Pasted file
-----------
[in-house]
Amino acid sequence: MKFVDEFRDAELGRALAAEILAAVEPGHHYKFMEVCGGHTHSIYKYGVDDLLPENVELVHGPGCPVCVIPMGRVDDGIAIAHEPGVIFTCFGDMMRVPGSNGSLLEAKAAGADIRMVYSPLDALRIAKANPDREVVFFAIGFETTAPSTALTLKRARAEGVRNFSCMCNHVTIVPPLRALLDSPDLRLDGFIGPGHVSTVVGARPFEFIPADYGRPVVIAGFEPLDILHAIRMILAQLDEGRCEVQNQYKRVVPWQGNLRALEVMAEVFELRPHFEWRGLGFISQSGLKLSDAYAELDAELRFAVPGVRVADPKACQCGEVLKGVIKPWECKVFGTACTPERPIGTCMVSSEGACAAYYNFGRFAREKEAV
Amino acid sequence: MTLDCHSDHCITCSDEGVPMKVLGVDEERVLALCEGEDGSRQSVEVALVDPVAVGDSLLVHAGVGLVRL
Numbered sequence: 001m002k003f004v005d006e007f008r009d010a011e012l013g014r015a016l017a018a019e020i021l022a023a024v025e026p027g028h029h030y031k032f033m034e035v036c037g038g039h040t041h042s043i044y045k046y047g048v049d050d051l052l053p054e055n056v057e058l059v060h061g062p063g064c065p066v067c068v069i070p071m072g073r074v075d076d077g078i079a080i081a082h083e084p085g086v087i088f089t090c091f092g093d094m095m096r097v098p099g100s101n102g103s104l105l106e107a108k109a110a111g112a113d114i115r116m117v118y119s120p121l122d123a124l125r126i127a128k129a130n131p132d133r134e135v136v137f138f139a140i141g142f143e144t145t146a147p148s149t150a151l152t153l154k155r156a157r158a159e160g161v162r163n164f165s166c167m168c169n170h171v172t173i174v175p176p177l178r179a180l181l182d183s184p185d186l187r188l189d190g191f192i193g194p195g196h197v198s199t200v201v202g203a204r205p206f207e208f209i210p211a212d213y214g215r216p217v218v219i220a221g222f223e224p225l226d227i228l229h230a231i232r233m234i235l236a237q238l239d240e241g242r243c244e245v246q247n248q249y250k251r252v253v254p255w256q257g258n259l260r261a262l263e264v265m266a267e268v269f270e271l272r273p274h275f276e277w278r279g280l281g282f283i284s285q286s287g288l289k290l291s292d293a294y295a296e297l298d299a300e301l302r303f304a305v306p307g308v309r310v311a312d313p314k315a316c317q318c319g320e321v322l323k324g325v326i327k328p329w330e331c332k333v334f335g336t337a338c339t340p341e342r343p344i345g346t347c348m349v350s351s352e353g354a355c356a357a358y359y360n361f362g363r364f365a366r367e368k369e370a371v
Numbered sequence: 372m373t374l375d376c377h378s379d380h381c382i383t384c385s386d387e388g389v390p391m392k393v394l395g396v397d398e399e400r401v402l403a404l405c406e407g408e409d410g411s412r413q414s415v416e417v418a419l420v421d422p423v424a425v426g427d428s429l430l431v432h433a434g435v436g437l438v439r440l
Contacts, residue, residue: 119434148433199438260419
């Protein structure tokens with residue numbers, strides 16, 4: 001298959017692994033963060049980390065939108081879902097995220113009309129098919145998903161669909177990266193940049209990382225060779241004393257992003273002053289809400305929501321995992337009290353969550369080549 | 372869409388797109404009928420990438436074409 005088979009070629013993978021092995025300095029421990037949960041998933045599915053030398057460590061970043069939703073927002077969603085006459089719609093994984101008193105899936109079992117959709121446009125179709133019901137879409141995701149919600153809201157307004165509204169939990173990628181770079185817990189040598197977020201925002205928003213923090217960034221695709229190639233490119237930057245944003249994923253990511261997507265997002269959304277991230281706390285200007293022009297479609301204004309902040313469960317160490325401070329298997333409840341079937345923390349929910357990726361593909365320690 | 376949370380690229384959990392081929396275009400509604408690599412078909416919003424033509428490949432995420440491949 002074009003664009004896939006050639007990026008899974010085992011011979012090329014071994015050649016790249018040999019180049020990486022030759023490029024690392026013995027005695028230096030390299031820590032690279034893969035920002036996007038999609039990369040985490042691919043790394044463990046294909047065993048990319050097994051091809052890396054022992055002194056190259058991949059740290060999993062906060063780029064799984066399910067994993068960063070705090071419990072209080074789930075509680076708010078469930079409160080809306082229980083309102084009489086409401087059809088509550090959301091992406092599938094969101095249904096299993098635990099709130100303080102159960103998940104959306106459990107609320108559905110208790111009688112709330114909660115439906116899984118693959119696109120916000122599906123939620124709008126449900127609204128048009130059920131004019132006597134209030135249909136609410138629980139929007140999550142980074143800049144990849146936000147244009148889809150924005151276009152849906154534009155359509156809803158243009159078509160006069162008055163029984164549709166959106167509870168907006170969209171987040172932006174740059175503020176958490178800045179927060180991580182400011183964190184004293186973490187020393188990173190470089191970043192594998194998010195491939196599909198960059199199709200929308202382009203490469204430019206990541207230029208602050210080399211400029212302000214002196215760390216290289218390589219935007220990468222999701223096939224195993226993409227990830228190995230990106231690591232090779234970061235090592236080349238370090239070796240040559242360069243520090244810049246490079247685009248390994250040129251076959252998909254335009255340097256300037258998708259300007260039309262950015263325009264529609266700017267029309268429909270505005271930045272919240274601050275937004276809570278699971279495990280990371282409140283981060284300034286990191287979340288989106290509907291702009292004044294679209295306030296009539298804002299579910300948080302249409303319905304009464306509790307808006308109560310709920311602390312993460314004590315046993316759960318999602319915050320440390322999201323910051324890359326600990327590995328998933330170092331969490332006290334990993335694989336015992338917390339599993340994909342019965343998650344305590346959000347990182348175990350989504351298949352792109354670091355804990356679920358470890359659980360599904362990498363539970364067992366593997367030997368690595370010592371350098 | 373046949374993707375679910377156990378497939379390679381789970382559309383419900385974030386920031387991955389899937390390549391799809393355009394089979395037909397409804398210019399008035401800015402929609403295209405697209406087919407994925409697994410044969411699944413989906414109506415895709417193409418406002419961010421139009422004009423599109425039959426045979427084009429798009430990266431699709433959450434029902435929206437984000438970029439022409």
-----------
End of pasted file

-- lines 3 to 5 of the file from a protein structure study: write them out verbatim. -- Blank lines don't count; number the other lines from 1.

Amino acid sequence: MTLDCHSDHCITCSDEGVPMKVLGVDEERVLALCEGEDGSRQSVEVALVDPVAVGDSLLVHAGVGLVRL
Numbered sequence: 001m002k003f004v005d006e007f008r009d010a011e012l013g014r015a016l017a018a019e020i021l022a023a024v025e026p027g028h029h030y031k032f033m034e035v036c037g038g039h040t041h042s043i044y045k046y047g048v049d050d051l052l053p054e055n056v057e058l059v060h061g062p063g064c065p066v067c068v069i070p071m072g073r074v075d076d077g078i079a080i081a082h083e084p085g086v087i088f089t090c091f092g093d094m095m096r097v098p099g100s101n102g103s104l105l106e107a108k109a110a111g112a113d114i115r116m117v118y119s120p121l122d123a124l125r126i127a128k129a130n131p132d133r134e135v136v137f138f139a140i141g142f143e144t145t146a147p148s149t150a151l152t153l154k155r156a157r158a159e160g161v162r163n164f165s166c167m168c169n170h171v172t173i174v175p176p177l178r179a180l181l182d183s184p185d186l187r188l189d190g191f192i193g194p195g196h197v198s199t200v201v202g203a204r205p206f207e208f209i210p211a212d213y214g215r216p217v218v219i220a221g222f223e224p225l226d227i228l229h230a231i232r233m234i235l236a237q238l239d240e241g242r243c244e245v246q247n248q249y250k251r252v253v254p255w256q257g258n259l260r261a262l263e264v265m266a267e268v269f270e271l272r273p274h275f276e277w278r279g280l281g282f283i284s285q286s287g288l289k290l291s292d293a294y295a296e297l298d299a300e301l302r303f304a305v306p307g308v309r310v311a312d313p314k315a316c317q318c319g320e321v322l323k324g325v326i327k328p329w330e331c332k333v334f335g336t337a338c339t340p341e342r343p344i345g346t347c348m349v350s351s352e353g354a355c356a357a358y359y360n361f362g363r364f365a366r367e368k369e370a371v
Numbered sequence: 372m373t374l375d376c377h378s379d380h381c382i383t384c385s386d387e388g389v390p391m392k393v394l395g396v397d398e399e400r401v402l403a404l405c406e407g408e409d410g411s412r413q414s415v416e417v418a419l420v421d422p423v424a425v426g427d428s429l430l431v432h433a434g435v436g437l438v439r440l